The Washington Post, like many publications, has been observing the 50th anniversary of John F. Kennedy’s assassination in considerable detail. No, make that lurid detail. No day has gone by in recent weeks without extended lists, recycled photographs, old reminiscences, new theories, and the sort of relentless politico-journalistic navel-gazing that has turned the reading public, in the Internet age, against the mainstream media.

But The Scrapbook gives the Post credit for the occasional nugget, and last week that came in the form of a story, by reporter Valerie Strauss, about the Kennedy Library’s selective release of JFK’s academic records: his prep school transcripts, his College Board scores, and his 1935 application for admission to Harvard. Since Kennedy graduated from Harvard five years later, in 1940, having spent two freshman months at Princeton before withdrawing for unspecified health reasons, The Scrapbook is assuming that, initially, Harvard rejected him.

Reading the 78-year-old documents today, it is not hard to see why. This is the application of a self-entitled rich man’s son with poor grades whose own father (Harvard 1912), in a letter to the dean of freshmen, explains that his boy “has a very brilliant mind for the things in which he is interested, but is careless and lacks application in those in which he is not interested,” and who cannot even be troubled to get the names of his references right. (One of them, his father’s New Deal colleague Harry Hopkins, is referred to as “Harold Hopkins.”)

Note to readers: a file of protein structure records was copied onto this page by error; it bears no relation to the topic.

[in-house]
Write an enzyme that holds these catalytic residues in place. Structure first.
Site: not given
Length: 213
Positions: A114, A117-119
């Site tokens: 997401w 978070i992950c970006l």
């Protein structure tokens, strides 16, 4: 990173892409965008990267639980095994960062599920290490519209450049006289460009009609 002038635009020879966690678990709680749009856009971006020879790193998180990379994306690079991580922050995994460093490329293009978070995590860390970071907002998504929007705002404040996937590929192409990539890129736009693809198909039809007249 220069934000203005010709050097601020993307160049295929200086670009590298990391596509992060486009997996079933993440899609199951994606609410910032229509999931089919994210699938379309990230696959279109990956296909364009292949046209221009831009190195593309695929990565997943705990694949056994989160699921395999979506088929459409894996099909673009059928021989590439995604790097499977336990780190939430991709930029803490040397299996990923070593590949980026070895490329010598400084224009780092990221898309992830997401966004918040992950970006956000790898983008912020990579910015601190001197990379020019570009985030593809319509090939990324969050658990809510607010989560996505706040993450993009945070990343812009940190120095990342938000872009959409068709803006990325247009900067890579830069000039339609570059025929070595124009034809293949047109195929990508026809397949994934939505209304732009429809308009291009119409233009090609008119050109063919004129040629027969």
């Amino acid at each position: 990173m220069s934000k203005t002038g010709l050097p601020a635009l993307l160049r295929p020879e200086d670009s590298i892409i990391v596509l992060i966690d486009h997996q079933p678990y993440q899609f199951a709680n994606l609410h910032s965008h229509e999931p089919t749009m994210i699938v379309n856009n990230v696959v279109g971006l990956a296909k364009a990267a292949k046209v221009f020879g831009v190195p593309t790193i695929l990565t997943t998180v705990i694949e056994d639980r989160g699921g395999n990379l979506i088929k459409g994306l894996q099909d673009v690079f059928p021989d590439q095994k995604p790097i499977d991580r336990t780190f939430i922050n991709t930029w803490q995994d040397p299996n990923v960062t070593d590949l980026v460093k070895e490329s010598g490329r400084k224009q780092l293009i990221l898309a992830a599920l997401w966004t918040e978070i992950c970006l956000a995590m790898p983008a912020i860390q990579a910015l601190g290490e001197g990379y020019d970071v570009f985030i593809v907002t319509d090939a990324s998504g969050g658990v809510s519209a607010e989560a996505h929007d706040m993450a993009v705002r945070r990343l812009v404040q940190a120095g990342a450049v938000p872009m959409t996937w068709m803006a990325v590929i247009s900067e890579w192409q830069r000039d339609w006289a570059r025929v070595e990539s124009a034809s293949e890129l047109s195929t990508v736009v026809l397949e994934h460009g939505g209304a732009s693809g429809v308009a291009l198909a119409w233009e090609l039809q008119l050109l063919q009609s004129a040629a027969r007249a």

And in answer to the classic college-application question—“Why do you wish to come to Harvard?”—here is John F. Kennedy’s answer, in full.

The reasons that I have for wishing to go to Harvard are several. I feel that Harvard can give me a better background and a better Liberal education than any other university. I have always wanted to go there, as I have felt that it is not just another college, but is a university with something definite to offer. Then too, I would like to go to the same college as my father. To be a “Harvard man” is an enviable distinction, and one that I would sincerely hope I shall attain.

Now, The Scrapbook would be the last to say that adults should be judged on their adolescent selves, and history is full of impressive minds with atrocious transcripts (Winston Churchill, F. Scott Fitzgerald). But the ambitious college applicant of today must read this ludicrous essay—especially since Harvard warned Kennedy that “the Committee will expect a careful answer to this question”—with a certain envy: JFK, in addition to being a mediocre student, seems barely troubled to answer Harvard’s questions with care, much less distinction.

Of course, American society and higher education have changed in three-quarters of a century, and today, an applicant like John F. Kennedy would have trouble getting into considerably less exalted institutions than Harvard. On the other hand, Kennedy applied to Harvard in the middle of the Depression, and Harvard was probably happy to admit a student whose father could pay the tuition bills in full. In any case, the gamble paid off. Kennedy was perfectly adequate as an undergraduate, graduated on time, and later, as president, quipped on receiving an honorary degree in New Haven that he now had “the best of both worlds: a Harvard education and a Yale degree.”

Still, the details of JFK’s academic record, and the flaccid arrogance of his application essay, suggest to us that when journalists and historians write condescendingly, even abusively, about the brainpower of contemporary Republican presidents (Ronald Reagan, the two Bushes, Gerald Ford, Richard Nixon, Dwight D. Eisenhower) they should keep JFK’s immortal words—“[Harvard] is not just another college, but a university with something definite to offer”—in mind. ♦

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